The Moore County Board of Education discussed new and revised policies at its April 10 work session.
Chair Robert Levy recommended revisions to policies under the Parents Bill of Rights, which is under the United States Constitution’s 14th Amendment.
The revision states that parents, not the state, have the power to decide on preferred pronouns and nicknames and whether a student receives social transitioning or gender counseling for incongruent biological sex identity conditions. Parents must be notified in writing of any changes, formal or informal, to names or pronouns used by the staff or the student.
Levy said he did not want to wait for the legislature, and the schools needed to partner with parents and be proactive. He said if the legislature passed a different policy, the board could later make revisions.
While the parental rights revision went without discussion, Levy’s reading and writing initiative for students to read and report on four physical books each year had a 40-minute discussion.
Levy’s original policy revision read that students must read four books to progress to the next grade, with allowances for special needs students.
“Book reports are old age,” member Stacy Caldwell said about dictating the four-book requirement.
“I would add rhetoric,” member Kenneth Benway said about it being a valid entry point to advancing to the next grade.
Superintendent Tim Locklair said he did not recommend the reading requirement.
According to Vice Chair David Hensley, “48% of our 8th graders do not read at grade level and that among our African-American students, only 28% of 8th graders read at grade level.”
“This is an attempt by the chair to ensure reading proficiency,” Hensley said.
Levy said he wanted to clarify that the book reports should be handwritten.
Locklair said he did not recommend handwritten book reports because it would be challenging to some students, and a lot of work is submitted online. Teachers are required to teach handwriting, but Locklair said not a lot of work is submitted with handwritten work.
“It’s all the more important that our students can write paragraphs and papers,” Hensley said about our national standing in education, which had fallen when America was the leader in the world for education and is now in the twenties.
Member Pauline Bruno said knowing how to write a five-paragraph paper with an introduction and supporting paragraphs was important, and not growing the skills is a community concern.
Hensley said people in the trades, such as plumbers, use handwriting, and so do the U.S. Marines, and that handwriting, cursive or print, needed to be mandatory or a sector of the community would not be served.
“Locklair made it clear that he opposed it. This policy is aimed at the strategic plan,” Levy said about his goal to lower the gap between lower-performing and higher-performing students.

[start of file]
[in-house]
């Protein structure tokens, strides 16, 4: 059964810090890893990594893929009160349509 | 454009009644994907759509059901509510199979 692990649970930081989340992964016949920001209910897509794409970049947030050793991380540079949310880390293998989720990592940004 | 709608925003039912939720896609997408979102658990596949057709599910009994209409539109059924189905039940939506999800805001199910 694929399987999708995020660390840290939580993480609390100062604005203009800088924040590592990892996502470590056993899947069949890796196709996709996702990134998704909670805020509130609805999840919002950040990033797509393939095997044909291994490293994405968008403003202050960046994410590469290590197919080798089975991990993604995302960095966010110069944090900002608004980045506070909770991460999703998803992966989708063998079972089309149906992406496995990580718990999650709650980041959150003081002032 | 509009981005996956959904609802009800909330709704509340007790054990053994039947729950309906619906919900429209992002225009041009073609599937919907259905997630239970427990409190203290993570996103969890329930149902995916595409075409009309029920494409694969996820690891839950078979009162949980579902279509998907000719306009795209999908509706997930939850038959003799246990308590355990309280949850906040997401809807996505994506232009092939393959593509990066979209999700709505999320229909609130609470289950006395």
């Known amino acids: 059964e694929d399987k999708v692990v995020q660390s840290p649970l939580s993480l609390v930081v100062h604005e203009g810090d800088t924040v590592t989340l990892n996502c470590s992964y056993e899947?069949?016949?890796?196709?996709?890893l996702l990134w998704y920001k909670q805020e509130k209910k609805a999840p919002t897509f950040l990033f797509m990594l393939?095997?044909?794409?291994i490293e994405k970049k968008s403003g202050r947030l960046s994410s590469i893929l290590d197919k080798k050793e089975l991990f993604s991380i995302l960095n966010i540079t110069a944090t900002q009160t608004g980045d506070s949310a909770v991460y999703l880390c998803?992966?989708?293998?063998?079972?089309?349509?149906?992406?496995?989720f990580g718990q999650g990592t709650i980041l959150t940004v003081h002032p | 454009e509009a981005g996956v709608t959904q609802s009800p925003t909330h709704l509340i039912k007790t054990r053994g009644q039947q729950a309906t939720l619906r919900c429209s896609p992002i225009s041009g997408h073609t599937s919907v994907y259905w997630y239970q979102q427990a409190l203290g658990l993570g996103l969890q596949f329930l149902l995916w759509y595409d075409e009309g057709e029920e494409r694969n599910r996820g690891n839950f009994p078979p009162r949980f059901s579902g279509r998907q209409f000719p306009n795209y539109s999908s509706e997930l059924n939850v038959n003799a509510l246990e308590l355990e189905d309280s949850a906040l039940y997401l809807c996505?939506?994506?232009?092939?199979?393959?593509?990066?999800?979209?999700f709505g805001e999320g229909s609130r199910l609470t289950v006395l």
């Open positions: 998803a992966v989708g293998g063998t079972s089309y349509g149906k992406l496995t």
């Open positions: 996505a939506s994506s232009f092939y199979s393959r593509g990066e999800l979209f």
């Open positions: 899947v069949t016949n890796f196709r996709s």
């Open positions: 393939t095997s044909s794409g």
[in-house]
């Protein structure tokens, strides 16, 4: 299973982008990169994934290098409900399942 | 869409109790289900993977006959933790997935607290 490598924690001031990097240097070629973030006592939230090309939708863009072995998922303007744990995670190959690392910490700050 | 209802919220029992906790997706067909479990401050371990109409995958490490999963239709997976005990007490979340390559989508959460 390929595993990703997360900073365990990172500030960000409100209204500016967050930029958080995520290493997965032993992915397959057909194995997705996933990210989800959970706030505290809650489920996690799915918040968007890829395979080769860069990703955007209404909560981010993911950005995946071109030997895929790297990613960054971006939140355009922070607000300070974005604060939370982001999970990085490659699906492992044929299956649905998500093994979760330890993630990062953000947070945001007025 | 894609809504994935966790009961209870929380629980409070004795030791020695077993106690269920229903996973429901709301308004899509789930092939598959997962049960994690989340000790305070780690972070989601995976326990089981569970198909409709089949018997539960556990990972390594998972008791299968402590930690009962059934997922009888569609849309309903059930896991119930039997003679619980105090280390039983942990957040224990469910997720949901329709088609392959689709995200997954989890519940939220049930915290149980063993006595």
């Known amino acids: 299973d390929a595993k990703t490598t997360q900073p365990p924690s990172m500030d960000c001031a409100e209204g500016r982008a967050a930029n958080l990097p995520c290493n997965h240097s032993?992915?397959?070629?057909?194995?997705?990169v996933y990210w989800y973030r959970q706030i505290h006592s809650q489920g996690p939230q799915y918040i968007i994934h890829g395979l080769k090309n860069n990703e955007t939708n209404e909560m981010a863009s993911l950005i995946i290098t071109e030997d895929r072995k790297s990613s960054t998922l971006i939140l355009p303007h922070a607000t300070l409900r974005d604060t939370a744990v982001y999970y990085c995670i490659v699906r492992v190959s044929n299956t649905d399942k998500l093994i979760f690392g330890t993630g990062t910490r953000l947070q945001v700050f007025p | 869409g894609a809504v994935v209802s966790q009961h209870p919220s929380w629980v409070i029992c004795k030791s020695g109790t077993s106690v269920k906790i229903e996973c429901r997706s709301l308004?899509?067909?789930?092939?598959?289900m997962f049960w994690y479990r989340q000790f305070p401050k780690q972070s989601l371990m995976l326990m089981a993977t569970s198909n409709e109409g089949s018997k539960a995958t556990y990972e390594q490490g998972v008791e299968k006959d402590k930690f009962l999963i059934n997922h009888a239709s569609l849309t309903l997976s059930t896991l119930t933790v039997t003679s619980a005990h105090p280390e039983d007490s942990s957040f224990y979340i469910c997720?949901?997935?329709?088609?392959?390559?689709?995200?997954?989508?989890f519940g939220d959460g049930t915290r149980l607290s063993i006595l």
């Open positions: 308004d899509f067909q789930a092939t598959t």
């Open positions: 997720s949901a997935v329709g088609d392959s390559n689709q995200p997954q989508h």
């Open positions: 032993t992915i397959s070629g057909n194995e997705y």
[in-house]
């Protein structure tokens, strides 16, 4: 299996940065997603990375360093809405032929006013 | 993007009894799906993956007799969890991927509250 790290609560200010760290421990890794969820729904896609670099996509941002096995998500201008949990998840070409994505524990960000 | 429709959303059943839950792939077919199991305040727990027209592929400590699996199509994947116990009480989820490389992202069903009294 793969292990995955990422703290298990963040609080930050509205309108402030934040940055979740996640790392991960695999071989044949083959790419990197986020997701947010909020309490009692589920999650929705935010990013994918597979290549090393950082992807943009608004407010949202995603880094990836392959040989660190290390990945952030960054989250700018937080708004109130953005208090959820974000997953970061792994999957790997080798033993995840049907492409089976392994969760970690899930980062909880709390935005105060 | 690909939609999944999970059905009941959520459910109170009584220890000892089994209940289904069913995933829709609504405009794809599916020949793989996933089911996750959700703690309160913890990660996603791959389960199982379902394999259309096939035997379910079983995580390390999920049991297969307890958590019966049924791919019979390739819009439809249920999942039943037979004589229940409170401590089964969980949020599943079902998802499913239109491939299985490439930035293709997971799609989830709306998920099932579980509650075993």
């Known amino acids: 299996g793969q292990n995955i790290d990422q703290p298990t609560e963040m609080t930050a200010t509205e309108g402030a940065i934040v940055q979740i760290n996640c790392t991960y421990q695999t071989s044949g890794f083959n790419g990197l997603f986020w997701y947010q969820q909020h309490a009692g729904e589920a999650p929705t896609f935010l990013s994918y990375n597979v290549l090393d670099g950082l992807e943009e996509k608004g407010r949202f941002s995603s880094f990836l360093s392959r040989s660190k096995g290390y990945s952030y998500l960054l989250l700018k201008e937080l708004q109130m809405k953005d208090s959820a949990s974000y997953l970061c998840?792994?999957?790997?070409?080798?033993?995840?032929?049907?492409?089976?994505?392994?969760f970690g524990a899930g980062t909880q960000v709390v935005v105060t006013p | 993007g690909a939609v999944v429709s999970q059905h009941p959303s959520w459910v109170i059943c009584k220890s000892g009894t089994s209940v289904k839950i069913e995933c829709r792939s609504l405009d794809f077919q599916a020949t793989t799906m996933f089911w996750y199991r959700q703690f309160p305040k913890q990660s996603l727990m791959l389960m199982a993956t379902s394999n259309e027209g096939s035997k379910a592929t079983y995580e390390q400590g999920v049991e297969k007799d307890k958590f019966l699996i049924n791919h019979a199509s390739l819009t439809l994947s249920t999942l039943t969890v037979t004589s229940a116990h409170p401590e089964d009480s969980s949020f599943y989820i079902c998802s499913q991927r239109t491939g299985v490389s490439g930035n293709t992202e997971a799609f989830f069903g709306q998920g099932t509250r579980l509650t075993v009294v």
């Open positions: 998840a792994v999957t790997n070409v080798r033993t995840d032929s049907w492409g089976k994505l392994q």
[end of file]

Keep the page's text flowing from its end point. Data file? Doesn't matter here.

The board voted to amend the policy to include that reports are handwritten, but the vote to accept the original proposal ended in a tie. The board will further discuss the reading policy with the teacher advisory council and discuss it at the May 1 work session.
In other business, the district’s school nurse manager recommended a new policy to keep naloxone, as required by the state, on campuses to help prevent fentanyl overdose deaths while waiting for emergency health care workers.
The board also discussed adding Wi-Fi to yellow buses and using the Federal Communications Commission (FCC) Emergency Connectivity Funds (ECF) to provide the internet to students. Activity buses have Wi-Fi.
According to Kendt Eklund, director for technology, when students have access to Wi-Fi on long bus rides, it helps them complete homework, and discipline problems drop.
USAT, LCC will install the connectivity appliances to the 97 buses, and the school system will work with the North Carolina Sheriff’s Association Technology Procurement Program to cover the total cost of $383,060.06.
The buses will use the same Cradlepoint Wi-Fi system as emergency workers.
The board will vote on adding Wi-Fi to buses at the regular business meeting on April 17.
The discussion on the 2024-2025 school calendar year revealed that the community strongly supported the early-start calendar.
After feedback on the traditional year and the early-start year, the board will change the early release day to Friday, Oct. 4, 2023.
View the draft of the early-release calendar here.
The board will further discuss the early-release calendar at the May 1 work session.
The third-quarter student discipline update showed an overall increase in discipline problems from the 2021-2022 school year to the 2022-2023 school year.
There were 230 more out-of-school suspensions, 328 more in-school suspensions, four more bus suspensions, and 885 more office discipline referrals.
The Second Chance program had a decrease from 43 to 29. Teen court had an increase of two, and there were 10 more referrals to the Juvenile Justice System.
Member Shannon Davis presented a school uniform proposal, citing a drop in discipline problems, including bullying, and a rise in school performance because it creates true equality, instills confidence, makes it easier to identify students on field trips, and parents appreciate the convenience.
Davis said grants and vouchers are available for uniforms.
The board will review the presentation again at the May 1 meeting.
Feature photo of the Moore County School Board courtesy of the school district.
~Written by Sandhills Sentinel Journalist Stephanie M. Sellers. Contact her at [email protected]